When I started the ColorTRUE app on the iPad Air, it automatically went out and looked for the computer with the i1 Pro 2 attached. Connecting was simple and quick. Next, you need to calibrate the i1 Pro 2. After placing it on the calibration plate, a push of the button on the device started the calibration process.

The app flashes white, then red, until you place the device on the iPad’s screen. It auto detects the device when it’s in place and starts reading the patches the app presents on-screen. Total time was roughly three minutes. It looks similar to a monitor calibration sequence with a series of red, green and blue patches followed by several shades of grey.

ColorTRUE screenshot
The ring of circles surrounding the large red circle in the screeshot above shows the number of patches being read.

Once all the readings are taken, the brightness is adjusted and the profile is saved to Xrite’s server for use by the iPad being profiled. To get the benefit of the app, you need to view images from the Camera Roll on the iPad. The ColorTRUE app gives you options to view the image calibrated vs. uncalibrated, change the RGB profile (sRGB, Adobe RGB, and Pro Photo RGB) and adjust the white point.

The ColorTRUE page on Xrite’s website mentions that any ColorTRUE aware app will make use of the profile so that more accurate color can be obtained. The reality is that other than images on your Camera Roll or those being viewed in the Camranger app will not get the benefit of the profile you just created. Xrite has made an SDK available to developers. Whether the photographic community petitions the developers of their favorite apps to incorporate the ColorTRUE technology remains to be seen.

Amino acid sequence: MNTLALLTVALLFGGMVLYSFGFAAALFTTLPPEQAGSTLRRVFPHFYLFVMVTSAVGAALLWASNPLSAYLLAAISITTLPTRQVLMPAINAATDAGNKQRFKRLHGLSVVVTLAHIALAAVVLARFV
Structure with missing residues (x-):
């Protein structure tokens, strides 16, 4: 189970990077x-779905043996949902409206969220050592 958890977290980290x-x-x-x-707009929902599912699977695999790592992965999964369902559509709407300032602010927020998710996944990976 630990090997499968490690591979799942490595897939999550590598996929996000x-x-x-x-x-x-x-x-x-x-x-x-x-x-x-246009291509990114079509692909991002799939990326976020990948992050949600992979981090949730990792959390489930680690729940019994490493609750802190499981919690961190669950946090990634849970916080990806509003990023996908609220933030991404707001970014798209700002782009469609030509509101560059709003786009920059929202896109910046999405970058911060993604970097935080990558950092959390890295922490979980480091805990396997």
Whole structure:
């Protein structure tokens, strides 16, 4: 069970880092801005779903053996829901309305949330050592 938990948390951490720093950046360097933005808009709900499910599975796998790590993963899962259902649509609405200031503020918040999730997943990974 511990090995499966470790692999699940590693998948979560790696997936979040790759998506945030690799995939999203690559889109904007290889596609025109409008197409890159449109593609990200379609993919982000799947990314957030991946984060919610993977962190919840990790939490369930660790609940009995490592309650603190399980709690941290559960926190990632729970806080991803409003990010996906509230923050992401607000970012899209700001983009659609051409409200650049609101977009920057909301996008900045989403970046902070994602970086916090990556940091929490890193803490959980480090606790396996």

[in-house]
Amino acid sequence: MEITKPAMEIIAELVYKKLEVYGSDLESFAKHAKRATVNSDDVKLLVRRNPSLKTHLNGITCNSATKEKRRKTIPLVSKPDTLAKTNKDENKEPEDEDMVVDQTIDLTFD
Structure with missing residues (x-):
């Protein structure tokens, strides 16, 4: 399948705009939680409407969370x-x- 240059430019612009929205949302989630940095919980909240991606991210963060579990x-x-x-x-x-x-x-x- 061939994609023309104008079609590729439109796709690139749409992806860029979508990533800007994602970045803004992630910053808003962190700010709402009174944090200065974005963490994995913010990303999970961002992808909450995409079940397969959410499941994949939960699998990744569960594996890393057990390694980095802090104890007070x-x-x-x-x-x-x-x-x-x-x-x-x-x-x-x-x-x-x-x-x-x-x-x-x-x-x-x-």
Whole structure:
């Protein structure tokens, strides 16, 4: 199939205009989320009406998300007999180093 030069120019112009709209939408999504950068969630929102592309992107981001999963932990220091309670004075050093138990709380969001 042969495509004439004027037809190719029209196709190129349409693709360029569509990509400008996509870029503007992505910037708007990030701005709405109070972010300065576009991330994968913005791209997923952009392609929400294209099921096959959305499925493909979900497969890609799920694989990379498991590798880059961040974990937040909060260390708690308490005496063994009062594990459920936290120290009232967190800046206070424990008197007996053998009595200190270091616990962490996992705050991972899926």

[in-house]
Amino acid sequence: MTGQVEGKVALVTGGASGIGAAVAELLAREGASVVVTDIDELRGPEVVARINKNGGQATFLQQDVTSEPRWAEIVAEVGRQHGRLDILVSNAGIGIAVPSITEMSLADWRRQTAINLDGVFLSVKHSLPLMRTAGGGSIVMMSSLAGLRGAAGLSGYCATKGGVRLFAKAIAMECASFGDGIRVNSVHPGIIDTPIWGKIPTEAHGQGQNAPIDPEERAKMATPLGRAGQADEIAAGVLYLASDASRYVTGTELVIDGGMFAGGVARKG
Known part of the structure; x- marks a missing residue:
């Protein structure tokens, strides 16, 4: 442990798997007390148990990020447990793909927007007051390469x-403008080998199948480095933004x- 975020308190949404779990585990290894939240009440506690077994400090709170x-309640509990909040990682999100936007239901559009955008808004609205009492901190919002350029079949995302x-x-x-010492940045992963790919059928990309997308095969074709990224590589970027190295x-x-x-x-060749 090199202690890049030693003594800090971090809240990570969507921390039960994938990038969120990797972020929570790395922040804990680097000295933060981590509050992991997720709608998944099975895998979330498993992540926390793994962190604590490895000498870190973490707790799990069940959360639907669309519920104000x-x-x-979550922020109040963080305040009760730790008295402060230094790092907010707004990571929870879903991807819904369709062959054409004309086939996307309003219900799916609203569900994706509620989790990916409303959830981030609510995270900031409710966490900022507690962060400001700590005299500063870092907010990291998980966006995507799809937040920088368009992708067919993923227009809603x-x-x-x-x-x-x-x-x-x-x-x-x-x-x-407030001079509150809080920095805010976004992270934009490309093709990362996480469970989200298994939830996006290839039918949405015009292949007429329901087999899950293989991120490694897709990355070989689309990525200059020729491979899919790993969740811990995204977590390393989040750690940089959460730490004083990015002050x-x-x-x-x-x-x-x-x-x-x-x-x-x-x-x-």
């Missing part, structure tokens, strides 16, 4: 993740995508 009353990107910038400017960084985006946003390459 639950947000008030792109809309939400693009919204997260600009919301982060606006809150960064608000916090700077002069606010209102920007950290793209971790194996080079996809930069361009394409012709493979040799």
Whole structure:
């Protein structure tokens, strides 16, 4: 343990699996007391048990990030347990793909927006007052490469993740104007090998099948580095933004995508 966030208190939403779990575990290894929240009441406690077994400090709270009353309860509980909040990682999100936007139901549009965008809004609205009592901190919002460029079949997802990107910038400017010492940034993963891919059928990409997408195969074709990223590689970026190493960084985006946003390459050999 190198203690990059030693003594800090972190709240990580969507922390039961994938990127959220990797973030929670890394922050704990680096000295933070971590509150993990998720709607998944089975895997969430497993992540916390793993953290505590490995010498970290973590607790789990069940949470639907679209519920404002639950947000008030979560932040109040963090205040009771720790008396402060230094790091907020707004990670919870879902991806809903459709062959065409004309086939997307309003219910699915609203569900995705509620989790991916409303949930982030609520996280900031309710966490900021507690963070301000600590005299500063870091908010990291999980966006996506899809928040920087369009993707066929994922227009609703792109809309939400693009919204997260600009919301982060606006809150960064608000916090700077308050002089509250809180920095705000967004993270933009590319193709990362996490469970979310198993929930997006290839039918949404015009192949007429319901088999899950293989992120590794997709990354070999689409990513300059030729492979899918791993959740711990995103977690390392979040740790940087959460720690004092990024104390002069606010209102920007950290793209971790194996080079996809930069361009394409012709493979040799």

Evaluating a couple images left me with the impression that the app has a certain degree of usefulness in particular applications. If you can conveniently transfer your images into the Camera Roll (if they’re not already present) and you are in an environment with relatively controlled lighting, then the slightly improved rendering will be of interest. Should you have images that are in either Adobe RGB or Pro Photo RGB color space, then this app will allow you to see correct color rendering. You are also able to apply a print simulation. This will be of interest for those photographers creating images destined for a printing press. It does not include profiles for inkjet printers.

The ColorTRUE app is one of those bonus add-ons that adds to the value of an existing purchase. It wouldn’t motivate me to purchase a new colorimeter or spectrophotometer, however it will be useful from time to time in my workflow. I’m hoping the developer of the ShutterSnitch app chooses to incorporate the ColorTRUE technology.

Trying out the smc Pentax-FA 45-85mm f/4.5 lens

The pause in blog posts has not been due to lack of happenings, but rather quite the opposite. In the past few posts I’d been discussing the challenges in finding a decent mid-range lens for the Pentax 645D. I have written about the older FA 45mm lens. Most users are going to be disappointed by the performance of that lens. Similarly, the new “digitally optimized” 55mm lens also has poor corner sharpness. Twice bitten, now what?

I had read online about some users obtaining good results with the smc Pentax-FA 645 45-85mm f/4.5 zoom lens. This seems to go against the usual wisdom of a prime lens being sharper than a zoom, but I was willing to try anything at this point. My other option was to turn to a Pentax 67 lens with an adapter for the 645D and that was not a road I was interested in traveling just yet.

There is a camera retailer in the U.K that I had purchased my smc Pentax-FA 645 200mm f/4 lens from in December. Great prices and good service. I figured it was worth another email now that I was looking for the 45-85mm lens. Once again, Mifsuds was excellent to deal with and my lens arrived a little more than a week after my email was sent. I normally try to support my local dealers, however going that route in this case would have meant a 3X surcharge.